Last month online magazine Get the Gloss wrote a feature on "hygge", which generally captures the spirit of the phenomenon surprisingly well. And as a native Norwegian I will assume the authority to make that statement. I've since found numerous articles written in the last 12 months in newspapers, blogs and glossy magazines about this topic - "what does it mean", "do you have it", "how to", "why should we replicate hygge" and so on.
But why is the world suddenly going crazy for the simple ways of the Scandinavian cultures? To be honest, I am just glad that people are talking about something other than Ikea and Volvo for a change.
Hygge is a very common word in the Scandinavian languages and I can't actually come up with an English counterpart. Probably because it captures a genuinely Nordic phenomenon and maybe even a way of life. Hygge is a rather subjective term as it depends on what you enjoy doing, so in that sense, hygge can be a lot of different things to different people.
To me, it is about family, friends, nature, candles, blankets, reading, coffee and baked goods, I mean - have you tried vafler, boller or skolebrød? There should be pictures of these next to the word "hygge" in the dictionary. Also, what is hygge, if not for coffee! In my family, and probably in most Scandinavian families, not much will happen without coffee.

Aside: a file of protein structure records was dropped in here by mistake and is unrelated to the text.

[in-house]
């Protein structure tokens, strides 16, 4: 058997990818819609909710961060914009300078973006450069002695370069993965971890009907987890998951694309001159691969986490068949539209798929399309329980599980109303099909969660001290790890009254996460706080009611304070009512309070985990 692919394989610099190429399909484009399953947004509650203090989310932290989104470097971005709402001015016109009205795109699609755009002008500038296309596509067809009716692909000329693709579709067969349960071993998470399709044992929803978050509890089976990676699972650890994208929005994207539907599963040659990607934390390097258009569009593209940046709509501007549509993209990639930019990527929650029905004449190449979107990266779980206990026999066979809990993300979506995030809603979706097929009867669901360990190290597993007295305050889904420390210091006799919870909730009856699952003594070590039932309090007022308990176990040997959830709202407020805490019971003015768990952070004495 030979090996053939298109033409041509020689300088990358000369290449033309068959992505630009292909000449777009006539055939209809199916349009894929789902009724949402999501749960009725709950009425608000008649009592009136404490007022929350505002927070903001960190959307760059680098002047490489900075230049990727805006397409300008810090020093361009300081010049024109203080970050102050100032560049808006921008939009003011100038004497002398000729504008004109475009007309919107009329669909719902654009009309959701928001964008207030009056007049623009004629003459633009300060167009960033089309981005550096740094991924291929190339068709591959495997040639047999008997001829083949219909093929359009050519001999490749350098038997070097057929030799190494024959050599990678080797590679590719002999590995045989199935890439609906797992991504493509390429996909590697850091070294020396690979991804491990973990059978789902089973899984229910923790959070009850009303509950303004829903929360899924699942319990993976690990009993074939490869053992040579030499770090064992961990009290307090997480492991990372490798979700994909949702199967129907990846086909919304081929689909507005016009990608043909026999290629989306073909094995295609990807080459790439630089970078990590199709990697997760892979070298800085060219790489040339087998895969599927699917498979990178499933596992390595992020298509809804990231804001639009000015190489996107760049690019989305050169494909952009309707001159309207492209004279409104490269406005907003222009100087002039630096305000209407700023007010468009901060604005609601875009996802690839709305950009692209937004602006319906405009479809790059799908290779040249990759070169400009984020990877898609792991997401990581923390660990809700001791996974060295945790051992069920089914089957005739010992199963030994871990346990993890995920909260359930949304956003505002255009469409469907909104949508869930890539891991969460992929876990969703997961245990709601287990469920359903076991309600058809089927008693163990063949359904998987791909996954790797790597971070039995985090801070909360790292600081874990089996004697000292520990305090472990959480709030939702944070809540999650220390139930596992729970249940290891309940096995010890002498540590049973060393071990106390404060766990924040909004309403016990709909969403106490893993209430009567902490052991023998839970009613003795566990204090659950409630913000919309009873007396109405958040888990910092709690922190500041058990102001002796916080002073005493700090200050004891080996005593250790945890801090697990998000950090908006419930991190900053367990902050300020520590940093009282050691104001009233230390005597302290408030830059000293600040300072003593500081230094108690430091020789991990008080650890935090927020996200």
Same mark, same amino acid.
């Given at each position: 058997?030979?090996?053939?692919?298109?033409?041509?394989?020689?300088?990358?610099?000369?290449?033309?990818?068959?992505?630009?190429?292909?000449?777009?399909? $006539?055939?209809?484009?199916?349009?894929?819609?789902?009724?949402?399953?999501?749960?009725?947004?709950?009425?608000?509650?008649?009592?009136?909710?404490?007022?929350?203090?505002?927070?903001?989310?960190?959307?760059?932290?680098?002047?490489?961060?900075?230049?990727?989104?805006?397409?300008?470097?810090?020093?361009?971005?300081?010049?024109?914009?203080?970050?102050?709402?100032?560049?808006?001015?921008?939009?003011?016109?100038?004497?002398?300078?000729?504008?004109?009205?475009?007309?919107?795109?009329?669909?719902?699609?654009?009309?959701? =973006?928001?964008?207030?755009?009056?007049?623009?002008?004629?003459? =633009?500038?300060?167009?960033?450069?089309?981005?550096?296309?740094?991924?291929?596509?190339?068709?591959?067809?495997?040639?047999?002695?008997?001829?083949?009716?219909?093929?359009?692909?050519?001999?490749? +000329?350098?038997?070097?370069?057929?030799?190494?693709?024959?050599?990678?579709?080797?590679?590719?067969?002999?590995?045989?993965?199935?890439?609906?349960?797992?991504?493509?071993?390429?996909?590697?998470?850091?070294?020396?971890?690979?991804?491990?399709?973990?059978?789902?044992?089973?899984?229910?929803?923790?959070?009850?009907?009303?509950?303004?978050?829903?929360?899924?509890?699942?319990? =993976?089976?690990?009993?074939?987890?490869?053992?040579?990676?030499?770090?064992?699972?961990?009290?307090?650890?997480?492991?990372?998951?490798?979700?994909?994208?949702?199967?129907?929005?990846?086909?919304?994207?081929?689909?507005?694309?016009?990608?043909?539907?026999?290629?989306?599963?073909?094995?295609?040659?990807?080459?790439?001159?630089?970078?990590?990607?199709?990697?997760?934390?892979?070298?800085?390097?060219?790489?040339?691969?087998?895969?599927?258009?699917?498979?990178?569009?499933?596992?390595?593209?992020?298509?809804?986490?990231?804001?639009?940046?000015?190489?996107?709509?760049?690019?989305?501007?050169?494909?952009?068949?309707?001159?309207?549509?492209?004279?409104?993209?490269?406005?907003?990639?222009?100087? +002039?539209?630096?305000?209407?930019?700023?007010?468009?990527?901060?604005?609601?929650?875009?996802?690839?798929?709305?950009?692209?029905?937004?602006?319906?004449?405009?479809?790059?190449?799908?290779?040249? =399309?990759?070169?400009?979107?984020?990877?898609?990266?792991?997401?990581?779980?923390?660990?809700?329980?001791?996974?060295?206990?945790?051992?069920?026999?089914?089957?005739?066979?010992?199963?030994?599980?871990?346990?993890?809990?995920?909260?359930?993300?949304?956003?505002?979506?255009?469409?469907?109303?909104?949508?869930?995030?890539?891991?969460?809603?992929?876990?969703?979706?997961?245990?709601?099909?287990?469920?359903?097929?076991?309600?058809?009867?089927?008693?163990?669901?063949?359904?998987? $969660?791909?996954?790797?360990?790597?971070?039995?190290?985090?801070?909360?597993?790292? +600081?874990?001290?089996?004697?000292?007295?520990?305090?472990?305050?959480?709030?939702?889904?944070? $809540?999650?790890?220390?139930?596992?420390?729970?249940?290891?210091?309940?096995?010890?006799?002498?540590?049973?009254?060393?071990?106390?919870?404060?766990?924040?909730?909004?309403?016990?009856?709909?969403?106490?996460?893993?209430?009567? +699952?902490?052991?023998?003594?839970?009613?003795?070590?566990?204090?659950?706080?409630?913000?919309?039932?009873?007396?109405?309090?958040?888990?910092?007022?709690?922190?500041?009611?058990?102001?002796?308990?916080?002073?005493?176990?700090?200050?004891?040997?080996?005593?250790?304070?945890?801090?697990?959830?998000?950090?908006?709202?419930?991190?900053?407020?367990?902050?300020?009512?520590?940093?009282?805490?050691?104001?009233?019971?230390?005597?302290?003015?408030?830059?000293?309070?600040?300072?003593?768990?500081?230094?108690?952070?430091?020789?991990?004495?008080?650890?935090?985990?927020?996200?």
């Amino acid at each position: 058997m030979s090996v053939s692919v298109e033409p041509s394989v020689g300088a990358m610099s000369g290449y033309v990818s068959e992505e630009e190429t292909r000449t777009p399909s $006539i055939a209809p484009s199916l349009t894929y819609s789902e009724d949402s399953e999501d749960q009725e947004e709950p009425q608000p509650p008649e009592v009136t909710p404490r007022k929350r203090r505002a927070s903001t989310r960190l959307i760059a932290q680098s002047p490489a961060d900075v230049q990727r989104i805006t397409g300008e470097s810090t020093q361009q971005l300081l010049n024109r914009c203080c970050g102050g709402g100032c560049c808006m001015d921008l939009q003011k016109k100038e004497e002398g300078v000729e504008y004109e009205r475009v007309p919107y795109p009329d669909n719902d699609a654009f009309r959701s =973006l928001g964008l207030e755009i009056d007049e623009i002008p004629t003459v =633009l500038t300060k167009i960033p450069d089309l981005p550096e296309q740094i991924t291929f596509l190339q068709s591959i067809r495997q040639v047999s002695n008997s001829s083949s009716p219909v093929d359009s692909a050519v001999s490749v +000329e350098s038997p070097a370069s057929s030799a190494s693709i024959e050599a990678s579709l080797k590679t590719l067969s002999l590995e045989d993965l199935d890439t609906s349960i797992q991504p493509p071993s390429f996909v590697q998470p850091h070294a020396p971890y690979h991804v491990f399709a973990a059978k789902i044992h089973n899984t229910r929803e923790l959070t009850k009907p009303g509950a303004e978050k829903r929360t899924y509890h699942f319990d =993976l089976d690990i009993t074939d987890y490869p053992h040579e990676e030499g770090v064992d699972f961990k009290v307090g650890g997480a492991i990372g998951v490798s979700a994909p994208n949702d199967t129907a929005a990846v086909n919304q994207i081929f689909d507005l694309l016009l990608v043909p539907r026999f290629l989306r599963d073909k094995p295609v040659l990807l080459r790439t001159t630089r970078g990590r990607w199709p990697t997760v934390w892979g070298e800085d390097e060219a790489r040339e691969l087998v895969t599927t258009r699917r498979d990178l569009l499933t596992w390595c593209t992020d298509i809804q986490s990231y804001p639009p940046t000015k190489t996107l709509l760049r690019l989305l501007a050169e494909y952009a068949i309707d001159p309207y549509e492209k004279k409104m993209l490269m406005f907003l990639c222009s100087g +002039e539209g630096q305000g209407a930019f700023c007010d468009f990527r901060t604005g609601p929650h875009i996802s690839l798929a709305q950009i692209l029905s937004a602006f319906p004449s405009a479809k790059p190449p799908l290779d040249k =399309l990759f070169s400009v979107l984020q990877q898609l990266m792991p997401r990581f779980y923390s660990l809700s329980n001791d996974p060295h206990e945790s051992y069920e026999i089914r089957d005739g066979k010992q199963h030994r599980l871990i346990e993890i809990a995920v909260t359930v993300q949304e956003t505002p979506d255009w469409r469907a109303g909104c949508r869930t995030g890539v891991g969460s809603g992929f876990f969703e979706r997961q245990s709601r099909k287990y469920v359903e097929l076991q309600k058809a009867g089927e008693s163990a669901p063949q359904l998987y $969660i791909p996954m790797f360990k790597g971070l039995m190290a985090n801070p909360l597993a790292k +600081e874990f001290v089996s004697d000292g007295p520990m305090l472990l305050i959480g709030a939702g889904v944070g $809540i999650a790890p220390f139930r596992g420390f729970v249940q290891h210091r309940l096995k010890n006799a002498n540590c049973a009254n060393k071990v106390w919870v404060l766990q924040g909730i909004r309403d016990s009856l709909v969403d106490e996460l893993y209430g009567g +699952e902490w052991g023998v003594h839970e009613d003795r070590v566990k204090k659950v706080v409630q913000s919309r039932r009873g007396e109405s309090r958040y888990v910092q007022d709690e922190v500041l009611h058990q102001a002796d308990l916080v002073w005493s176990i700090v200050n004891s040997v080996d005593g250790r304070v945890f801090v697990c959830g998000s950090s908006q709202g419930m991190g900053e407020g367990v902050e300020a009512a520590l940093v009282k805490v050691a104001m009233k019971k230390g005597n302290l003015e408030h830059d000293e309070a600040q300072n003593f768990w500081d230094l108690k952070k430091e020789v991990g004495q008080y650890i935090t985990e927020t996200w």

In general, though, I think the essence of hygge is about taking the time to fully enjoy something without being worried or stressed about other aspects of your life. It is about creating that beautifully warm and fuzzy atmosphere where you feel utterly happy. I also believe it is about enjoying the simple things in life with the ones you love.
So yes, I would say that the world can definitely learn a thing or two from us Scandis; take a step back, separate the different facets of your life and commit to the enjoyment you find in simple things. This sounds very wishy washi and cliché like, but be in the moment and allow yourself to focus on one thing at a time.
I've certainly had to remind myself of this way of thinking since leaving Norway!
I'd love to hear what "hygge" looks like to you :)